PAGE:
On the financial front, many schools initially spent the equivalent of 5% or more of their budget (including capital) on items that addressed pandemic-related issues in order to open their campuses in fall 2020. Expenses included technology upgrades, additional furniture, tents and trailers, as well as additional staff and teaching aides. At the same time, schools faced pressure from families regarding additional financial aid, tuition refunds and/or uncollectable tuition. As a result, the playbook for the annual budget process was largely ignored.

However, there was limited overall impact on school finances in the early stages of the pandemic. The most recent data in the NBOA BIIS platform shows the median operating income increased by 3.5% in FY 2020, while median operating expenses decreased by 0.5%. As a result, the median operating margin increased from 1.7% in FY 2019 to 2.4%. There were cost savings from shifting to remote operations that largely offset the costs of added support staff and the initial outfitting of facilities to re-open safely.

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Some independent schools saw enrollment go up, as parents increasingly sought schools that were fully in-person rather than remote. For many, that meant switching to an independent school, regardless of the price tag. At the same time, however, some urban independent schools found enrollment declining as parents who could work remotely moved to a suburban or rural setting. An increased interest in boarding schools appears in part to be another form of student dispersal. It remains to be seen whether the demographic shift away from urban centers will be a lasting change.

Unlike the recession, many parents were able to work from home and maintain, more or less, the same level of pay and benefits. They had less cost for commuting and less expense for vacation trips as travel was curtailed. Some schools were even able to raise additional funds from donors specifically for COVID-19 response expense and for financial aid.

The federal government’s unprecedented fiscal interventions were also fairly successful. Government aid in the form of Paycheck Protection Program (PPP) loans assisted many independent schools. Schools that had never accepted any federal assistance revisited their policies. That said, initial findings from BIIS 2019-20 data collection also revealed that accounting for PPP loans was inconsistent. Some schools recorded the assistance as a loan to be repaid; others recorded it as a grant. Some schools declined the offer of PPP aid for a variety of reasons.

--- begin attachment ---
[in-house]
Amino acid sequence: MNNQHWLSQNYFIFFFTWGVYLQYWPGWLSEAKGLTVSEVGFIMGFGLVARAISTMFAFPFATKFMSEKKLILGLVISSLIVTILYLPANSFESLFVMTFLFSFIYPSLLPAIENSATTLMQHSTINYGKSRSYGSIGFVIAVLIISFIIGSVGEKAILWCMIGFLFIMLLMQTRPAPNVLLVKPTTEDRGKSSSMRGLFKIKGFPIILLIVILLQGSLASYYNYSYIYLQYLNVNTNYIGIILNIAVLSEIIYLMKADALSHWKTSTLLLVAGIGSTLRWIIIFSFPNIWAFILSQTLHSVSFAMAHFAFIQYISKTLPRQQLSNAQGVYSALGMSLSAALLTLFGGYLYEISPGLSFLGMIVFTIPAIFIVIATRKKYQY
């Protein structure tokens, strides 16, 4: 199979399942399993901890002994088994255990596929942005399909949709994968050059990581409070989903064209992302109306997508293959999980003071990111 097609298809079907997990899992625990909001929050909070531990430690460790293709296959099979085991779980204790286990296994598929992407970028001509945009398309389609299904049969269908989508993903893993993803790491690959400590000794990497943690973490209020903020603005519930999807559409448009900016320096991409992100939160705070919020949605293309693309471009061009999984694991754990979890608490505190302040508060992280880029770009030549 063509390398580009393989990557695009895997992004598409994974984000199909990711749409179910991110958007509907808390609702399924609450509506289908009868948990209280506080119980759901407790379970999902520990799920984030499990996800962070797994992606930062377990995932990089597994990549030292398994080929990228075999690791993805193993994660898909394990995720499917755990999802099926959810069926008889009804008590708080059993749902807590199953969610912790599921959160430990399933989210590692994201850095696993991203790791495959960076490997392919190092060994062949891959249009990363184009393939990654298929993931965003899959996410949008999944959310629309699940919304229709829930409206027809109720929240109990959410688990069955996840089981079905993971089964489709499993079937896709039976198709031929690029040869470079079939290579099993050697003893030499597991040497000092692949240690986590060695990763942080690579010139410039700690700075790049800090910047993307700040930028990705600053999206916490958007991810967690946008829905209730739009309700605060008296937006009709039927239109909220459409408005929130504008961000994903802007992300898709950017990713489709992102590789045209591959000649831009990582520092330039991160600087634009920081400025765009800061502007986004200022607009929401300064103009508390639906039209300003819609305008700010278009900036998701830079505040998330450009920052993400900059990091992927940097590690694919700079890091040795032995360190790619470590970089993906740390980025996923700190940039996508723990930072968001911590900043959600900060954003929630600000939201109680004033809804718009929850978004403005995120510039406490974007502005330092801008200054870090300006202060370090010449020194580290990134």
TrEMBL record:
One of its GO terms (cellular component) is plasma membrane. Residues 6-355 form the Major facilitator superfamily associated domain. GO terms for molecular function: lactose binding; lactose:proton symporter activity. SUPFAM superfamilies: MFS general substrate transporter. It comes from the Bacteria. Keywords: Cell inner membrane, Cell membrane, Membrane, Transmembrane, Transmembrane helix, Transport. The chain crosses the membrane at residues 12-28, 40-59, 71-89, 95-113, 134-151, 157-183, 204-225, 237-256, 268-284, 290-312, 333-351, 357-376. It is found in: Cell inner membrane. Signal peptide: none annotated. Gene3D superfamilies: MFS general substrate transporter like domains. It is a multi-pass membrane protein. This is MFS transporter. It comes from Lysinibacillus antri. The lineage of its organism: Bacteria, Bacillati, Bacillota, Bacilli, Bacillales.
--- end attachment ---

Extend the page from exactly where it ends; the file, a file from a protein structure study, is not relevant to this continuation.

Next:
The pandemic has taught schools to think as broadly as possible in planning for emergencies and disasters. Business continuity planning needs to include the teachers, staff and program as well as cash position and liquidity. Emergency supply reserves should include protective equipment and cleaning supplies. Plans for sheltering in place based on everyone crowding into the strongest portions of buildings should be evaluated to include alternatives.

A recurring theme is the need for flexibility. One head of school commented, “Flexibility is key. Rigid, set-piece thinkers struggled and sometimes broke under the strain.”

Jim Pugh has served as CFO and history instructor at independent schools in the East and the Midwest for the last five decades. He currently conducts surveys for a half-dozen regional groups and associations. He lives in Cornwall, Vermont.
Robert Sedivy retired in 2008, after 20 years as CFO of a large K-12 day school. His prior experience was in colleges and a museum. He now teaches and consults on independent school management and finance. He lives in Bloomfield, Connecticut.
Ed Biddle is the CFO of the Masters School in Dobbs Ferry, New York. He retired from JP Morgan Chase in 2015 where he served as a managing director. He worked at that firm for 27 years. He lives in Katonah, New York.